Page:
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The Gravities of Sound Audio Tunnel/GRAVITY extended

The weight of public spaces

Gail Priest

The Gravities of Sound Audio Tunnel The Gravities of Sound Audio Tunnel
The Gravities of Sound Audio Tunnel

A commuter concourse. Functional space, neither here nor there but on the way. New concrete, acrid sweet. Jackhammer chatter, rhythmic rumble. Slap of thong sandals on tile. Cough, shuffle, fit of girlish giggles, exclamations in multiple languages. Floating above, synthesised piping tones, a descending melodic phrase with creeping overtones sweeping and glancing off highly polished surfaces. The phrase repeats with intricate variation of harmonics, encroaching from above and below, rubbing up against the fundamental. Notes are suspended, break apart and shimmer through the fluorescence.

The Gravities of Sound Audio Tunnel pipes audio works from Singapore, Japan, Myanmar, Phillipines, Korea and Australia through a 10-speaker system in the Esplanade Theatres on the Bay transit tunnel. The pace at midday on a Monday is relaxed and the commuters seem ambivalent, though the sound gently permeates consciousness, at least enough for people to realise they are not listening to Doris Day or some ubiquitous generic electro-beat. The curious linger over the posters explaining the soundworks adorning the pristine white walls.

The selection for Monday October 25 is from the Philippines, Myanmar and Singapore. From the creations experienced over 30 minutes, the tonal piece described above seems to do best, the harmonic manipulations bending and bouncing around the tunnel, the work differentiating itself from the sonic artefacts of the space itself. Though the various compilations are indicated by a wall poster it's not possible to tell which work you are experiencing–which artist from the Philippines, Myanmar or Singapore? This is a common dilemma in sound exhibitions that run sequentially and over which the listener can exert no choice or control. While it works on a particular experiential level for the general public, it is a frustratingly passive experience for the more engaged listener.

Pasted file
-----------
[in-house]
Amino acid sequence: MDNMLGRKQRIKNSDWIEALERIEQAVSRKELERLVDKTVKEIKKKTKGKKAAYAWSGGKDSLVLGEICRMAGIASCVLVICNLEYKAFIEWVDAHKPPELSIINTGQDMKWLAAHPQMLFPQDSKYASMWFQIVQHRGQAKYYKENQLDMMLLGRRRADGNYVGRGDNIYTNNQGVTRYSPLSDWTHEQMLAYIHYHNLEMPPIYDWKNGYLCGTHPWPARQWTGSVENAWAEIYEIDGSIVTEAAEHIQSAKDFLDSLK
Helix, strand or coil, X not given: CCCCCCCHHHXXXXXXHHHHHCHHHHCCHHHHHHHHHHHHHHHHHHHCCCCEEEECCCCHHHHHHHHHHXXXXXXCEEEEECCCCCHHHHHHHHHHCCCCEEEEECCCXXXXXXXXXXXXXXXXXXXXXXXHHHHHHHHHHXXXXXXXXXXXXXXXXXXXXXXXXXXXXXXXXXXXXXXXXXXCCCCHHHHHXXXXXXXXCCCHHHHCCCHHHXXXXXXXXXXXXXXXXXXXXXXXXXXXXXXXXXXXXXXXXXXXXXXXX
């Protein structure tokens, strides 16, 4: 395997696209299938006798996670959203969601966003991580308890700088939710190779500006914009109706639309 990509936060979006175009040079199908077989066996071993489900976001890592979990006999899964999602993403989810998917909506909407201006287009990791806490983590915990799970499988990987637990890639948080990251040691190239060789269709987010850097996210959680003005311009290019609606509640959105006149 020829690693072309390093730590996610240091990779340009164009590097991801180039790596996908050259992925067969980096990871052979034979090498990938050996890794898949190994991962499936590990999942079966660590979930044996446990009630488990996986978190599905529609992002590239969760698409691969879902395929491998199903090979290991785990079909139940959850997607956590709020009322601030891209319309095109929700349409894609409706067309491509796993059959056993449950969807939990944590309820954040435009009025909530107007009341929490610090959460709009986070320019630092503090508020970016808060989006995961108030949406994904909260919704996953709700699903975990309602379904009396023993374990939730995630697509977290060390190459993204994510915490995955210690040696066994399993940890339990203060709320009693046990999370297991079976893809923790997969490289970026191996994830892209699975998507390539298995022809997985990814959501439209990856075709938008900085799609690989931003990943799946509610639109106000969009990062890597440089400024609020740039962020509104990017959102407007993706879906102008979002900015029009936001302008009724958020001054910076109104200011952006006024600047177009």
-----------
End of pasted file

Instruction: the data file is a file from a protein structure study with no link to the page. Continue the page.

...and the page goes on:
Just around the corner in the vestibule between carpark and escalators to the Esplanade, Annie Wilson's video Fight or Flight plays as part of GRAVITY extended. Bodies tumble (a little too) dimly down a black screen. The choreography of flailing limbs is slower than reality, but faster than acceptable slow motion so you never feel like you have grasped the whole image. Falling is a familiar image in video works (UK video artist Steve McQueen's Carib's Leap/Western Deep a stunning example), though Wilson's work differentiates itself in the perceived casualness of the "fallen." Some look as though they have willingly leapt, some allow forces to tumble them through the air, but no-one seems alarmed. The work is engaging in the improvisatory/involuntary responses of the body. Arms fly up whether willed or not, feet kick at the invisible, legs bend at angles only achieved when loosed from the constraints of earth, centres of gravity tip and torsos topple over delicate heads. They can be casual as the inevitable consequences of the descent are not acknowledged—these bodies exist quite contentedly in a transitional zone, like that of the Audio Tunnel concourse—in a state of process.

Both spaces occupied by the exhibitions offer significant opportunities and challenges. The Audio Tunnel functions well within the constraints of the environment—the works sometimes sympathetic, sometimes antagonistic to the site. The installation is well designed with the sound clear, loud and consistent through the 80-metre tunnel (though louder would be better). The site for Fight or Flight is less functional and thus more banal—begging for something to augment it. The installation is quite prominent although the overhead lighting diminishes its effect somewhat. But perhaps the washed out nature of the video, along with workmen's jackhammer improvisations near the Audio Tunnel on the day we visited, are the price of placing art in external contexts where it must do battle with the urban elements. Though both involve a compromise, the effect is still enlivening. More on the sound works later as they're exhibited.

The Gravities of Sound Audio Tunnel, The Esplanade Theatres on the Bay (transit tunnel); curator Lawrence English (Room 40); artists include Kim Kichul (Korea), Candy Factory, Toshiya Tsunoda (Japan), Melatonin (international compilation), Bruce Mowson (Australia), Khin Zaw Latt (Myanmar); MAAP in Singapore–Gravity; Oct 11-Dec 2

GRAVITY extended, The Esplanade, Theatres on the Bay (lower exhibition area); artists Anne Wilson, Bruce Mowson; MAAP in Singapore–Gravity; Oct 11-Nov 30

RealTime issue #0 pg.

© Gail Priest; for permission to reproduce apply to [email protected]

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